Exploring the full lifecycle costs of materials contributes to a comprehensive view of sustainability in the markets where you do business, which in turn provides metrics for areas where you can set goals and take action. For example, you may identify ways to avoid materials (like plastic) that can’t currently be recycled in a key market. You might also develop new product designs based on more sustainable materials. Sportswear brand Cariuma makes knit sneakers from thread that combines plastic reclaimed from the ocean with highly renewable bamboo – an approach that reduces manufacturing waste and promotes alternative textiles while creating new markets among eco-conscious consumers.

You may even discover new ways to shift or extend your entire business model. Seventh Generation, which makes eco-friendly cleaning products, created an ultraconcentrated version of its flagship laundry detergent that contains 50% less water and requires 60% less plastic to package. By having consumers reconstitute the detergent from their own taps instead of paying to ship water around the world, the company distributed more product at less cost while making that product even more sustainable.

Meanwhile, in places where governments are using regulations to promote recyclable materials and minimize waste, companies willing to pay more for materials that include recycled content will find opportunities to recoup these costs through lower taxes and fees in those markets.

It’s likely one reason the Nows in the SAP Insights survey are so enthusiastic about investing in better materials use is because they see its potential to deliver an impressive ROI, even though that may take some effort to achieve.

Why is AI so dumb?
By Pat Dixon, PE, PMP

Vice President of Automation, Pulmac Systems International (pulmac.com)

One of my favorite publications (besides this one) is IEEE Spectrum. The October issue featured a special report addressing the question “Why is AI so dumb?”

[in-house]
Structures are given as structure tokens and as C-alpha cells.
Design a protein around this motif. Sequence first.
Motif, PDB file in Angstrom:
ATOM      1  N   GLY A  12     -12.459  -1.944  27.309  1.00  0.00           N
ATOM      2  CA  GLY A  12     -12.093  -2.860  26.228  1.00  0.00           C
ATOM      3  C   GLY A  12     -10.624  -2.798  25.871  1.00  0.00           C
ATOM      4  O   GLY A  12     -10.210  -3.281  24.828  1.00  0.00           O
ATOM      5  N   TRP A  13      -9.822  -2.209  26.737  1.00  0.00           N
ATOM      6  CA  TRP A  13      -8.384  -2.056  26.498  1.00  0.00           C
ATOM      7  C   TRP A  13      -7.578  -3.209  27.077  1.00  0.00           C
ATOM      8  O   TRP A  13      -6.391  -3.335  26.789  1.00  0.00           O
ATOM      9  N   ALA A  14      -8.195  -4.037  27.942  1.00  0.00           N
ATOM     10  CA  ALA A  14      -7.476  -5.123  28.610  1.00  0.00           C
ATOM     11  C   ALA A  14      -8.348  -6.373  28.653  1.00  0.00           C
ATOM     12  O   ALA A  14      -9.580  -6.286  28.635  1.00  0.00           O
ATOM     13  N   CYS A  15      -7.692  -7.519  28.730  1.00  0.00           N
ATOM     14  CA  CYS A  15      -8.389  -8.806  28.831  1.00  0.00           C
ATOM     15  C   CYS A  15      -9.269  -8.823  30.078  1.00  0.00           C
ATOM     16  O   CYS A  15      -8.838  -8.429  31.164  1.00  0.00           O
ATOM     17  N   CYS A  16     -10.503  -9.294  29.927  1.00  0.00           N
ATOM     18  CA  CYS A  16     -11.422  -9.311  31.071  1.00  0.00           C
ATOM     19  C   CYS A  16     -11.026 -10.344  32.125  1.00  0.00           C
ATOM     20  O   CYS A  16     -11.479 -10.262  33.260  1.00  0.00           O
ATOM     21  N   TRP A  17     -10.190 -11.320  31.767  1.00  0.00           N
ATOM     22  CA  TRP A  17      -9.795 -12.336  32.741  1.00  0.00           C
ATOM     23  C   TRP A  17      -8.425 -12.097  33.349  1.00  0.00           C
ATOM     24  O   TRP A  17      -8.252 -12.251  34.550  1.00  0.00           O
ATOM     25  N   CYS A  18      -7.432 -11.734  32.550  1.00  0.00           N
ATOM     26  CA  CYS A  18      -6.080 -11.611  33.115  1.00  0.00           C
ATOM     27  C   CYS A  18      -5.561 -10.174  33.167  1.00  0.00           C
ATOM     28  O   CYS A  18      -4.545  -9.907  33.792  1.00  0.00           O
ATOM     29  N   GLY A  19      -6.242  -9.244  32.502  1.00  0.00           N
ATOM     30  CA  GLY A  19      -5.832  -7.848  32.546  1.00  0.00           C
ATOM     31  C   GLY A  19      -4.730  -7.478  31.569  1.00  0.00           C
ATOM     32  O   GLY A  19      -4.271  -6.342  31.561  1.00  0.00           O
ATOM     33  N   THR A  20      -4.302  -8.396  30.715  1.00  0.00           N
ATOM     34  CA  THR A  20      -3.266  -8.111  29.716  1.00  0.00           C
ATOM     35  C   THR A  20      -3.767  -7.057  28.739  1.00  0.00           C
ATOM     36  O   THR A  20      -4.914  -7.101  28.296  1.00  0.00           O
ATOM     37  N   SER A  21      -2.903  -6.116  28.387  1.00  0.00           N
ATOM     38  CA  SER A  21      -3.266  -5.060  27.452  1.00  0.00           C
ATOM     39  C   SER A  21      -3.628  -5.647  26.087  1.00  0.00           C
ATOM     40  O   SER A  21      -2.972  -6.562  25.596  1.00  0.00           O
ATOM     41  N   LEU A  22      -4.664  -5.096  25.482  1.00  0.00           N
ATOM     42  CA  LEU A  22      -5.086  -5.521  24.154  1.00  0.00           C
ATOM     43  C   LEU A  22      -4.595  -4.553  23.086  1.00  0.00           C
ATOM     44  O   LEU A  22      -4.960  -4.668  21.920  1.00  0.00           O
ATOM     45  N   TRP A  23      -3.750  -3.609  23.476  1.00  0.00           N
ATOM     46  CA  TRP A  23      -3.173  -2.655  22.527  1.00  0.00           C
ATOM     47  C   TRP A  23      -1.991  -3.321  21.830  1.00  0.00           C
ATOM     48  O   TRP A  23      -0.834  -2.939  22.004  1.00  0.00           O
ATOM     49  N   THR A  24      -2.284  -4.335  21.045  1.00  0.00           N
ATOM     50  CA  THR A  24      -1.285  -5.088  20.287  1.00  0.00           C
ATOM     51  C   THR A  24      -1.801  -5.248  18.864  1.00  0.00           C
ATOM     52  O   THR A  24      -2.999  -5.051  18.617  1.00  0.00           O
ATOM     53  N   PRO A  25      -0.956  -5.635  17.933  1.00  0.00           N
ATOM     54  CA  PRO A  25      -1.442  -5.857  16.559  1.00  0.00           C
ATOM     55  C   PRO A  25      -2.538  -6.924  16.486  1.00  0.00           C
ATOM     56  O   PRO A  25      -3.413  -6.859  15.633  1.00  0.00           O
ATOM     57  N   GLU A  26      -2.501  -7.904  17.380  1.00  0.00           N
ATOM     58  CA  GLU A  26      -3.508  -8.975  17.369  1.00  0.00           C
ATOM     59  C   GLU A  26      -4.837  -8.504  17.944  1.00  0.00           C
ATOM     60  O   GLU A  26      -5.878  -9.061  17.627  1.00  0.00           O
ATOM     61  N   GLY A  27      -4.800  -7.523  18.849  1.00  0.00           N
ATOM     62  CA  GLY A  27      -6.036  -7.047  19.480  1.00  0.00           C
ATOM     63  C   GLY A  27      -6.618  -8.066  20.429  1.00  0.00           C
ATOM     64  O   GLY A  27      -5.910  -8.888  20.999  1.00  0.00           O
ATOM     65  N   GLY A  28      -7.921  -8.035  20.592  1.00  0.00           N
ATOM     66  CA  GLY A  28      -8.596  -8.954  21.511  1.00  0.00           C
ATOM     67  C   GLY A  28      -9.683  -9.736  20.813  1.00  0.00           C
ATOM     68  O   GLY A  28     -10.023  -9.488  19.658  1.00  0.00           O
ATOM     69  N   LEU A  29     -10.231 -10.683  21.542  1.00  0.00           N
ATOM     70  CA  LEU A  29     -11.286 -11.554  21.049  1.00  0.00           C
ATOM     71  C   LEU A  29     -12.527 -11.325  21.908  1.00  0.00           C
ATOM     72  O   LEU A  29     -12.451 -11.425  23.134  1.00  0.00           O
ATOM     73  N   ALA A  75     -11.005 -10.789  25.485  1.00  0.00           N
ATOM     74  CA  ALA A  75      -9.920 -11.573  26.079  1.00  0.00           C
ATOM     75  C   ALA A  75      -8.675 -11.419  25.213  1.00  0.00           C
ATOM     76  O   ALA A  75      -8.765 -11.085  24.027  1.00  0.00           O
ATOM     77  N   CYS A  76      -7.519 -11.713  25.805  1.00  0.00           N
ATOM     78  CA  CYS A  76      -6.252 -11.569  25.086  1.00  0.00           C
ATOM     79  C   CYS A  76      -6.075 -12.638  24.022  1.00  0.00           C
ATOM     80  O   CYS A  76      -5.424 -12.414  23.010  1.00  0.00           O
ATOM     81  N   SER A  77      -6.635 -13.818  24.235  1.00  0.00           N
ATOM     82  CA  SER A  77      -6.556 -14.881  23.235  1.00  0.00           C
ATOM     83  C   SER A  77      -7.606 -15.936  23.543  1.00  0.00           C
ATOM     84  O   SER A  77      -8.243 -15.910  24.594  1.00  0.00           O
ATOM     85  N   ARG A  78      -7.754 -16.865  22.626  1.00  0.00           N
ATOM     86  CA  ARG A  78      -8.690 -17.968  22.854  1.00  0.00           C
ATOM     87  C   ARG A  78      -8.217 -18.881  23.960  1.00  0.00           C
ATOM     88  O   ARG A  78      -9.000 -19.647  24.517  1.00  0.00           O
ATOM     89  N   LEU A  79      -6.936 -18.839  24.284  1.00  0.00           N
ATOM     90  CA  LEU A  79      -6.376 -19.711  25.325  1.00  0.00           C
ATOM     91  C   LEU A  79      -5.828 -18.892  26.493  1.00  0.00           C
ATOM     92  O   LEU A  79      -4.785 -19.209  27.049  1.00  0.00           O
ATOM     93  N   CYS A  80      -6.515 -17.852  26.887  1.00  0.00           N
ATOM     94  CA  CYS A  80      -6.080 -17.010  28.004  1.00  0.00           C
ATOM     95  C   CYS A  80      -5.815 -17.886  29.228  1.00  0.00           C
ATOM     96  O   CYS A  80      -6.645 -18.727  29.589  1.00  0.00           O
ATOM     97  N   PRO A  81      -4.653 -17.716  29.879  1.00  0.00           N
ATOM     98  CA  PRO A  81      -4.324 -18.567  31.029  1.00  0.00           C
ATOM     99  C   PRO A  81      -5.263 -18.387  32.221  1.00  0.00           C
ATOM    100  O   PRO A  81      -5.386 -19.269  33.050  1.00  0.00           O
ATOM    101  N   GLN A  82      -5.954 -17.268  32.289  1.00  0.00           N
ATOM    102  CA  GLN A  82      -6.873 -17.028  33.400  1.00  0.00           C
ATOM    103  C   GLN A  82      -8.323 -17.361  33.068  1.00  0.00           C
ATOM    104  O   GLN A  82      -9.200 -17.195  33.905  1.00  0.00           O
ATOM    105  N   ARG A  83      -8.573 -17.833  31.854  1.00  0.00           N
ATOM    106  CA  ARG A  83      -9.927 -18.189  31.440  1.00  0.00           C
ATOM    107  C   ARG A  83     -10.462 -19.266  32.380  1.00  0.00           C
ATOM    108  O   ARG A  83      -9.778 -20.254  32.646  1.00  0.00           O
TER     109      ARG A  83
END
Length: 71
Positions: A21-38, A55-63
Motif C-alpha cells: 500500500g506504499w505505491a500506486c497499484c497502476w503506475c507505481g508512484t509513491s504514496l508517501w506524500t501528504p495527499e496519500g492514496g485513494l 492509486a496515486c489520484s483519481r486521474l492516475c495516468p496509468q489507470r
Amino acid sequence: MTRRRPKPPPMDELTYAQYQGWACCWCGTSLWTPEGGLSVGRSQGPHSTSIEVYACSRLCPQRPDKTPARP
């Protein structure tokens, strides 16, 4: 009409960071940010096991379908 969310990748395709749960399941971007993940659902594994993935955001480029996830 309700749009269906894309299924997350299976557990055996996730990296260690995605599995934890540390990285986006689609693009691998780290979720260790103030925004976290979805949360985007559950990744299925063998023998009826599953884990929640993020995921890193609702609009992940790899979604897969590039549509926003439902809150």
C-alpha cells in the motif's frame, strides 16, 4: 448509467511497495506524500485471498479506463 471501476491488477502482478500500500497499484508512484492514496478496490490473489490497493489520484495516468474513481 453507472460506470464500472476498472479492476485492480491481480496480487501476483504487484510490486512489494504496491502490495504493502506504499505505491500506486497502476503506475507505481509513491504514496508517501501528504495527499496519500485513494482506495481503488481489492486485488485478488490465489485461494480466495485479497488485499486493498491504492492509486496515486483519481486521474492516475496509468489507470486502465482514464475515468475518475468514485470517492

AI (Artificial Intelligence) seems to be synonymous with Industry 4.0, even though it really isn’t. It is all the rage in many articles and presentations on Industry 4.0. Many are making promises that AI cannot currently fulfill.
Artificial Intelligence indeed has field proven applications in automation. I have over 20 years of experience applying AI to automation and have seen it work. When applied properly it can produce remarkable results.
If applied improperly, it can lead to major failures. In the Spectrum issue, one of the articles “7 Revealing Ways AIs Fail” is required reading for anyone intending to invest in AI. An excerpt states:
“Artificial Intelligence systems can perform more quickly, accurately, reliably, and impartially than humans on a wide range of problems, from detecting cancer to deciding who receives an interview for a job. But AIs have also suffered numerous, sometimes deadly, failures. And the increasing ubiquity of AI means that failures can affect not just individuals but millions of people.”
I actually take issue with the ability of AI to decide who is interviewed for a job, but I want to give you a paper industry example from personal experience.
There was a paper mill that invested in AI tools to predict sheet quality. In particular, the predictions used neural networks, which is one of the AI technologies that is commonly used. Neural networks have the remarkable attribute of being able to model just about anything. For the discerning engineer, this is also a caveat. This became obvious to me when I was sent to the facility to help them refine prediction models they were working on. The mill was convinced they had neural network models that accurately predicted product quality. They wanted me to improve the models and apply them to additional quality measurements. As I collected data and tried to train neural networks, I had great difficulty producing models that showed good correlation. I spent days trying to collect additional data, pre-processing data to remove outliers and downtime, and retraining. With no progress being made, I took a closer look at the models they had developed and solved the mystery. They had taken lab samples of sheet quality (which should be outputs of the prediction model) and used them as inputs to train neural networks to predict process data from the historian (which should be inputs to the model). Besides being completely backwards, the dataset was significantly compressed to the point that the neural network could be trained to fit the data without considering all the rest of the process data that should be included as inputs. Their model showed very high R-squared (a measure of model fitness) for their datasets, but when applied generally to their process data it was not nearly as impressive. What was revealed is what is known as overfitting. As I said, neural networks are capable of learning nearly anything, including noise. When I looked at the sensitivities in the model, they defied first principles. They had made the mistake of throwing a bunch of data in, looking at the R-squared, and thinking they were done. In fact, what they produced was at best unusable and at worst misleading.